The Wife (2018)
There is a saying that behind every successful man there is a woman, and “The Wife” exemplifies this saying like no other film. More often than not, society concerns itself with appearances, and people often only see what the façade presents – be it in relation to a relationship or a family. What is going on behind closed doors or what people may feel inside may be another matter altogether. “The Wife” is just that thought-provoking film that deals with this and other issues. Based on a novel of the same name by Meg Wolitzer, the movie is about a married couple Joe and Joan Castleman (Jonathan Pryce and Glenn Close) who receive rather exciting news – Joe is to be given a Nobel Prize for Literature. The duo, together with their son David, travel to Stockholm to receive this honour, and while there, both Jo and Joan experience a crisis of faith, and one big secret of their lives comes dangerously close to being unravelled. The film has its faults, but Glenn Close’s performance ensures that the film is sincere and convincing. If the first part of the film is this slightly mysterious story of whether there is something wrong in the happy marriage and the professional lives of Joe and Joan, than the second half is all about unsaid things emerging and letting themselves be known.
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I. Metropolis (1927)
“Metropolis” is a famous German expressionist science-fiction film by Fritz Lang. However, some may not know that Lang’s wife – Thea von Harbou – actually first wrote the book “Metropolis” which then became a movie. Von Harbou wrote the book with the intention for it to become a movie, but this does not detract from the fact that once “Metropolis” was a book. The production was along the lines of – the novel – the script – the movie, giving strength to the idea that all great things flow from books.
II. Requiem for a Dream (2000)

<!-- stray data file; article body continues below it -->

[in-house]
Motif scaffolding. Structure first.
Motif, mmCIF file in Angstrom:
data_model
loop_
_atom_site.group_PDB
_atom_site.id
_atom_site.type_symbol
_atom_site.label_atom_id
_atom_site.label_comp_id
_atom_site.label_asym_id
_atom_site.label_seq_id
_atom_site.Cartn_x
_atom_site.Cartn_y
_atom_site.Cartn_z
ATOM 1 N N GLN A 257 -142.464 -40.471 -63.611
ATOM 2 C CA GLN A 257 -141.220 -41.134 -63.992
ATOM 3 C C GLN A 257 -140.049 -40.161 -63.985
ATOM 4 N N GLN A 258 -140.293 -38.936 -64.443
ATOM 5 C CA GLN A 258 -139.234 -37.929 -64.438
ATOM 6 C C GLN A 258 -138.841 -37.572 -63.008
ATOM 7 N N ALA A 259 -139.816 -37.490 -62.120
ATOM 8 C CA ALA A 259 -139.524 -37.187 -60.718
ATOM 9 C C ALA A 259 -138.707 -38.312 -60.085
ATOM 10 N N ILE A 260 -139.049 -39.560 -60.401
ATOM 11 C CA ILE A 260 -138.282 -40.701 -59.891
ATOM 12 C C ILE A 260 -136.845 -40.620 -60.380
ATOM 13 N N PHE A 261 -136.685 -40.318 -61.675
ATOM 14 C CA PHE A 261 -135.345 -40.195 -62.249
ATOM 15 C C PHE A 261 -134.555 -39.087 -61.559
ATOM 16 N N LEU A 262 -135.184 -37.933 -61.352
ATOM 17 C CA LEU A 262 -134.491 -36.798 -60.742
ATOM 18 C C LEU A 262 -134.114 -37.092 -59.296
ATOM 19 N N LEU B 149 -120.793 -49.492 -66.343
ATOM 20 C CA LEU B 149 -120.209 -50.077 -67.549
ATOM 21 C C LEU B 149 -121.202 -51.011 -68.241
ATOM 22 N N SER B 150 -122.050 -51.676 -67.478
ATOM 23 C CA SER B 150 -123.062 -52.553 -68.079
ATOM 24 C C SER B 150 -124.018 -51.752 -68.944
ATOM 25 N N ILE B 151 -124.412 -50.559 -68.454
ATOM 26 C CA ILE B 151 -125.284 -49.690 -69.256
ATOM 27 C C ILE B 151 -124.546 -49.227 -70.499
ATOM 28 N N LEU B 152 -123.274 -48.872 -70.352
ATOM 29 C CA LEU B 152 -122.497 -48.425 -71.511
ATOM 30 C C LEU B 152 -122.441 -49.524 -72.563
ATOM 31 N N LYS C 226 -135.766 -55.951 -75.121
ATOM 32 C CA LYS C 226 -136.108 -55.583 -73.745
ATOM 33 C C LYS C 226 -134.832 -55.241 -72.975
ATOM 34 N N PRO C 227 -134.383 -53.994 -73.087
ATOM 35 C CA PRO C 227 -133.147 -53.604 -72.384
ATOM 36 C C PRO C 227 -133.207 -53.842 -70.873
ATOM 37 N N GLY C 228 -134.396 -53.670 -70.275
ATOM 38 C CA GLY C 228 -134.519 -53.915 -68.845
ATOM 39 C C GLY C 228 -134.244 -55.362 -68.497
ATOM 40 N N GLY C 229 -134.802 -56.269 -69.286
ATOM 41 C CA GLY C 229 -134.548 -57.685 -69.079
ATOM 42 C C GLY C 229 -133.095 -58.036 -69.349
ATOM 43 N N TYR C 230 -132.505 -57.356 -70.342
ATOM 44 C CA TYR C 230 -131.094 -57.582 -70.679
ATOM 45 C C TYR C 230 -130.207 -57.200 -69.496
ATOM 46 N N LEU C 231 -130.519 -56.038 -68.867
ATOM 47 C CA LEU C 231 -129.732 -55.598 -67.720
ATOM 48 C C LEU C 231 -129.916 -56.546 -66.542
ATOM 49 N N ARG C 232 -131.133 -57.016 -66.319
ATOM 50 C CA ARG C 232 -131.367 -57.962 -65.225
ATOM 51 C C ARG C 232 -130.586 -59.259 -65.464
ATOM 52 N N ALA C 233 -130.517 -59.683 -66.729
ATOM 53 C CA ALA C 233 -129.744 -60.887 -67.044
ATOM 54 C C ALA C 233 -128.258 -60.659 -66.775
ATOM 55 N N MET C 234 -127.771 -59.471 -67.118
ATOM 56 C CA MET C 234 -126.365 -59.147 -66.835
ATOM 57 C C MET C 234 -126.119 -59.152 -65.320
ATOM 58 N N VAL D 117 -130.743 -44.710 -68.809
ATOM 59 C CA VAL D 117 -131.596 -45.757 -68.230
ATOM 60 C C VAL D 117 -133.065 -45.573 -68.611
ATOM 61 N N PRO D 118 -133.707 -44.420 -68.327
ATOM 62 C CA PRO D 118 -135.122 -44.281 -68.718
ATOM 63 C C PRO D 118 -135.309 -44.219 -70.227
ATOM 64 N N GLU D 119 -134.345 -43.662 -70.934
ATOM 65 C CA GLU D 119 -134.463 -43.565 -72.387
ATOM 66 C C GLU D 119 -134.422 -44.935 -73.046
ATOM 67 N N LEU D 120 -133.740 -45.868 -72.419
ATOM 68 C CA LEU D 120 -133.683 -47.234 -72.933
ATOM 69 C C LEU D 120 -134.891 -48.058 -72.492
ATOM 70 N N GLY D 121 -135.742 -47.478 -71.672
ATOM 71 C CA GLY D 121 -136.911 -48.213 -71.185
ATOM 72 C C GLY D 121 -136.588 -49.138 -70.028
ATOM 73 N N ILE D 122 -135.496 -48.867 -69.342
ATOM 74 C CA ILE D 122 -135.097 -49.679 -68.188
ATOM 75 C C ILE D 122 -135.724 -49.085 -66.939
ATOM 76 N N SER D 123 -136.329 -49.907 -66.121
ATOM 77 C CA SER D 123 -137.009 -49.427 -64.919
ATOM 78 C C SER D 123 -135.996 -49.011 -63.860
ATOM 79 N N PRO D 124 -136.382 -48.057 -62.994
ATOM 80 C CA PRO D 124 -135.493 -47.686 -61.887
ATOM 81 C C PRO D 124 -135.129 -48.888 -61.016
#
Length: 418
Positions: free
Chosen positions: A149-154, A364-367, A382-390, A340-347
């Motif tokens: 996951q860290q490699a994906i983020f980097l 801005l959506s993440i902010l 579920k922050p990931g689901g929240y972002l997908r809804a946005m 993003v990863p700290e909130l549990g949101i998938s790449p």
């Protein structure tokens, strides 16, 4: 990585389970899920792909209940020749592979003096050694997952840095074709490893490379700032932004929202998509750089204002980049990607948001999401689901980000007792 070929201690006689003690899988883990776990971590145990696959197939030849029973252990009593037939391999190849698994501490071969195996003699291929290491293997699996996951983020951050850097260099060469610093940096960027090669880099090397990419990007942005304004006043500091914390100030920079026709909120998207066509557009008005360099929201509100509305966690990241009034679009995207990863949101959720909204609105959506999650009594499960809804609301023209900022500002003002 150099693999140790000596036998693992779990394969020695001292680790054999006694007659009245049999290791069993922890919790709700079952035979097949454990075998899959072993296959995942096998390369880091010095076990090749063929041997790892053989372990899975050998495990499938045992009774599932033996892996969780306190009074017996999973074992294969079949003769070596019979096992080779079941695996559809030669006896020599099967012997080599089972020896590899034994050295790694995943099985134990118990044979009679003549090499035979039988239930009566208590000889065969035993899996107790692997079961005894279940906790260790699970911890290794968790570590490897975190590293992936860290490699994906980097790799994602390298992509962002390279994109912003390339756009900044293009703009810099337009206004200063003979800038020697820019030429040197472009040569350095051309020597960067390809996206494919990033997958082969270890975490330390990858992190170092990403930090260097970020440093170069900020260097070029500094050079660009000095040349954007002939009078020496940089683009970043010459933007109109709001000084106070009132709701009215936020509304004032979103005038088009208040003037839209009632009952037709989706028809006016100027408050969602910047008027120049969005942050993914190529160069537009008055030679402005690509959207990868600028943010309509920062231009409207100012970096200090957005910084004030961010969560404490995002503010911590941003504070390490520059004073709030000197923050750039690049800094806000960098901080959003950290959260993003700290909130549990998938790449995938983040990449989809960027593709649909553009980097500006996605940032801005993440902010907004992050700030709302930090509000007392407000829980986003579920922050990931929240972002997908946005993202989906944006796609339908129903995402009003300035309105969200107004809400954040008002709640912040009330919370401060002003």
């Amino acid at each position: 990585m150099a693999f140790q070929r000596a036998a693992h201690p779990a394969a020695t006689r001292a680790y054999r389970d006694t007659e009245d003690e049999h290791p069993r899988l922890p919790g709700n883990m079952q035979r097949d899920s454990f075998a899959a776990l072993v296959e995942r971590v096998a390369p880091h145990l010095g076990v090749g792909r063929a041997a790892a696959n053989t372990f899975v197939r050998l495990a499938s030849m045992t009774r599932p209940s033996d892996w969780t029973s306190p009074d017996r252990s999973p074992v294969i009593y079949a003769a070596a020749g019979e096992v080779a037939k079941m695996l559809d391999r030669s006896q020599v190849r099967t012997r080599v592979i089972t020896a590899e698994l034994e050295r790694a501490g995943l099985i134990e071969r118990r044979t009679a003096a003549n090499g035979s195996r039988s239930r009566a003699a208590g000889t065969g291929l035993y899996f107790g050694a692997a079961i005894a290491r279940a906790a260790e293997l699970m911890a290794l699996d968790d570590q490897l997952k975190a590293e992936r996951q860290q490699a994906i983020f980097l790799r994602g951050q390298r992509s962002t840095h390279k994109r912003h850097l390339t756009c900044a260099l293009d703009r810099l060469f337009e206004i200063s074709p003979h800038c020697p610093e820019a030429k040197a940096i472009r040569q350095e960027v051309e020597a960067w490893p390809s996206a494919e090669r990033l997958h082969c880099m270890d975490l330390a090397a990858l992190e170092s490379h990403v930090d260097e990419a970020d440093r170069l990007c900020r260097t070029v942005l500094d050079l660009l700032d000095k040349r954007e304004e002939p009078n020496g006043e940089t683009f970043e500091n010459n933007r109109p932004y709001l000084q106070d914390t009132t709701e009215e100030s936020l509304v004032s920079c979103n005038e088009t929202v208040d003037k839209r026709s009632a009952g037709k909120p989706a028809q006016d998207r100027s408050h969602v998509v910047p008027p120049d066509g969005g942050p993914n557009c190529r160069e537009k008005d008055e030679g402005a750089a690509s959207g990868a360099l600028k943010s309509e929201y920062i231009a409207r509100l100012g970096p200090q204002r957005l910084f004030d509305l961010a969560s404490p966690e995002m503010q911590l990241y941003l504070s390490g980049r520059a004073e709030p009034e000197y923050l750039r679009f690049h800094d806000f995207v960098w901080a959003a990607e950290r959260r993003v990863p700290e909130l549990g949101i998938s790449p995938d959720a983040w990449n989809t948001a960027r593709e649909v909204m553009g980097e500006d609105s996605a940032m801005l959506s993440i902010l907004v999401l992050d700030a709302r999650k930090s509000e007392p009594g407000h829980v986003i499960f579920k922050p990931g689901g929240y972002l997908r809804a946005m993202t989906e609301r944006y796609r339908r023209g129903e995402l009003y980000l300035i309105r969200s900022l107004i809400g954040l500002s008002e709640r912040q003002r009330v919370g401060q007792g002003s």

“Requiem for a Dream” is an infamous in its depressing content and visual presentation film by Darren Aronofsky, which follows a number of lives in Brighton Beach. In this film, drug addiction and hopelessness fuse, and the soundtrack by Clint Mansell stressed the never-ending-drug-loop and the illusion of happiness. However, the script is actually based on the 1978 novel of the same name by Hubert Selby Jr. The book and the movie should be viewed as being even more chilling since Selby drew from his own traumatic past experience, including his relationship with drugs, when penning his book. Continue reading “10 Films You May Not Know Were Based on a Book – Part II”
I. The Prestige (2006)
Secrets to magicians’ tricks are often mundane – it is the way those tricks are performed which makes all the difference. Christopher Nolan’s “The Prestige” is a complex, clever film about two magicians competing against each other in the 19th century, but the film is actually based on a Christopher Priest’s 1995 novel of the same name. The novel starts in the present time, but, as in the film, we are being fooled and do not realise that we have had all the clues to the puzzle in front of us at the beginning. Whatever you thought was clever in Nolan’s film – the chances are that it is also in the novel.
II. Drive (2011)
Nicolas Winding Refn may have directed this stunning film and Hossein Amini (“Two Faces of January” (2014)) penned the script, but “Drive” is based on James Sallis’s 2005 novel of the same name. In fact, allegedly, the “Drive” producers first encountered the story by chance in Publishers Weekly. In the book, as in the film, it is the intriguing character study which becomes the focus. The merit should go to Refn for visionary creative choices, but the film was fledged out of the already existing story, which also feels strangely nostalgic for the decades long past. Continue reading “10 Films You May Not Know Were Based on a Book – Part I”
1. “The Goldfinch” by Donna Tartt